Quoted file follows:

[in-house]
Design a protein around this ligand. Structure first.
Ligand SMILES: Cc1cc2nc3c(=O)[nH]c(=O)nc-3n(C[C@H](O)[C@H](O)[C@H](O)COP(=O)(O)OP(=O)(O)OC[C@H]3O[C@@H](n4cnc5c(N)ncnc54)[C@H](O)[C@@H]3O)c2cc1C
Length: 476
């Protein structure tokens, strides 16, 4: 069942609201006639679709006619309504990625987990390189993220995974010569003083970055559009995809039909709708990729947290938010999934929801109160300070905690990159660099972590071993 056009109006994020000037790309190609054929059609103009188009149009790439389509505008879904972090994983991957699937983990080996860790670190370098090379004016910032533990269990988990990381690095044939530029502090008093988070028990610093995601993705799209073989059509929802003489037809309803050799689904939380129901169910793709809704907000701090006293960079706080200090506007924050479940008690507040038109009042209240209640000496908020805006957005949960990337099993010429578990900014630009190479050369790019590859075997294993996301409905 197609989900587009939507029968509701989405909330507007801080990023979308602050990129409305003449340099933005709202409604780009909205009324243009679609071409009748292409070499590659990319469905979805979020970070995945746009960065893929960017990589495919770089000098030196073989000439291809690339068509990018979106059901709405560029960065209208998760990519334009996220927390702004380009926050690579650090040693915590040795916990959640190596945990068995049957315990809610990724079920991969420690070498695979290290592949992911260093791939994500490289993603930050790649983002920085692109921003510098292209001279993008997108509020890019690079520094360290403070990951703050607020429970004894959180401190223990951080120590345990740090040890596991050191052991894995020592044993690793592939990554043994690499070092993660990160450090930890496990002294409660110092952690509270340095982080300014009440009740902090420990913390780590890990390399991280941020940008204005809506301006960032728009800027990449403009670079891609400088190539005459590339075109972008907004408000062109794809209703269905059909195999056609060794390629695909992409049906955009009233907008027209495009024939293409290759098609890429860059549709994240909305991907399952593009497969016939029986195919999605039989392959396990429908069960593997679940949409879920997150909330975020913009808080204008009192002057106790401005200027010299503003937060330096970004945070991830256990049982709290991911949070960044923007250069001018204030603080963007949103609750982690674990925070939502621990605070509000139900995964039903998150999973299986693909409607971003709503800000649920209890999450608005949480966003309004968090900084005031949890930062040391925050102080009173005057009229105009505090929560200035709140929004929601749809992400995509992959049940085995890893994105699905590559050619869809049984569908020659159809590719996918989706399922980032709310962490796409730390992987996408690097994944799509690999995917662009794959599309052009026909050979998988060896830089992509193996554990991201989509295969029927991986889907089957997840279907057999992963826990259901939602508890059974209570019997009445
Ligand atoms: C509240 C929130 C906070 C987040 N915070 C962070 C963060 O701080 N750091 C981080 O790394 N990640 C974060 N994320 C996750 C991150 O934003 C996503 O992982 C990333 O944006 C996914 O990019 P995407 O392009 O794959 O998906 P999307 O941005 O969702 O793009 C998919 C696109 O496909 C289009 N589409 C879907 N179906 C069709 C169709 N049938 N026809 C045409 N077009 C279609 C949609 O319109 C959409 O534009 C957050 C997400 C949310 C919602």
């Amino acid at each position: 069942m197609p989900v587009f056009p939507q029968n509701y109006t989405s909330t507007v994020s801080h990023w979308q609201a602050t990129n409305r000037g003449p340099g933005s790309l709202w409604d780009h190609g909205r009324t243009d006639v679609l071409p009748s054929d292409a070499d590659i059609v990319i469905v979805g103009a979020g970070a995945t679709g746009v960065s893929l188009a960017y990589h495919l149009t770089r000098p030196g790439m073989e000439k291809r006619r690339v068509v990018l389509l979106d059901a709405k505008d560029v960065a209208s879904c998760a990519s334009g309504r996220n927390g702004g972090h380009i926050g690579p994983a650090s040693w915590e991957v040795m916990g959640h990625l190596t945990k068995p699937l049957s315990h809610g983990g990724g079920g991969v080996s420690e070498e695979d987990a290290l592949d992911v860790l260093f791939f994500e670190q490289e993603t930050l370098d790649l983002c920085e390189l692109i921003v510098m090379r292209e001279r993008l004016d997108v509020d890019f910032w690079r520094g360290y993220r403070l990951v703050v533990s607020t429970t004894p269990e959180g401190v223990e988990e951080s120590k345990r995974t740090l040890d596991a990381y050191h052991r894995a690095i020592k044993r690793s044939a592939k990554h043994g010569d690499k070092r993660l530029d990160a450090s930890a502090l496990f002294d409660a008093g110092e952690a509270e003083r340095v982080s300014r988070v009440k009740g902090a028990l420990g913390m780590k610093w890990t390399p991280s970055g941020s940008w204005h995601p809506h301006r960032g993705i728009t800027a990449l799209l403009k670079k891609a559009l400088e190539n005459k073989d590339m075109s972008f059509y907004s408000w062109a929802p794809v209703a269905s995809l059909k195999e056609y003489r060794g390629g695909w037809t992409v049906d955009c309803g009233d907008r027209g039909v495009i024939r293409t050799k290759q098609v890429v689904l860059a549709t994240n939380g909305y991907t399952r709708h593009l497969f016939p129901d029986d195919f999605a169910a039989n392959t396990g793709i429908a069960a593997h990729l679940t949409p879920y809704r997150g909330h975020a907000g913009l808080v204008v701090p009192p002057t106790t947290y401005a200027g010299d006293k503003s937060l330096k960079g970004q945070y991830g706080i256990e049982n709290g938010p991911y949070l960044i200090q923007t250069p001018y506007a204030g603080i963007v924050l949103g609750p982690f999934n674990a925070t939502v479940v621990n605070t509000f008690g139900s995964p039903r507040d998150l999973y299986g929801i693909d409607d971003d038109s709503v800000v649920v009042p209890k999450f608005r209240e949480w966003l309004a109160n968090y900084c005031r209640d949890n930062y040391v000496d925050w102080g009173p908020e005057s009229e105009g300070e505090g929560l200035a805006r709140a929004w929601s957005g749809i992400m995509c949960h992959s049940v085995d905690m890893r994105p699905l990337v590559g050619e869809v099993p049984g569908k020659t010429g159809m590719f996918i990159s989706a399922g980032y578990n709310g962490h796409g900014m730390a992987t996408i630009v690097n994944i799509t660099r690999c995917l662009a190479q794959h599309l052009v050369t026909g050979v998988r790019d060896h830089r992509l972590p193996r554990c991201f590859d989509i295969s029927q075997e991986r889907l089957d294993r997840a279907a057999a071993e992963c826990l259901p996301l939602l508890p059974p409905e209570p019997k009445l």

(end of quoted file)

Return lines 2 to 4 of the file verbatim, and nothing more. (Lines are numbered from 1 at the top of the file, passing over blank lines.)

Design a protein around this ligand. Structure first.
Ligand SMILES: Cc1cc2nc3c(=O)[nH]c(=O)nc-3n(C[C@H](O)[C@H](O)[C@H](O)COP(=O)(O)OP(=O)(O)OC[C@H]3O[C@@H](n4cnc5c(N)ncnc54)[C@H](O)[C@@H]3O)c2cc1C
Length: 476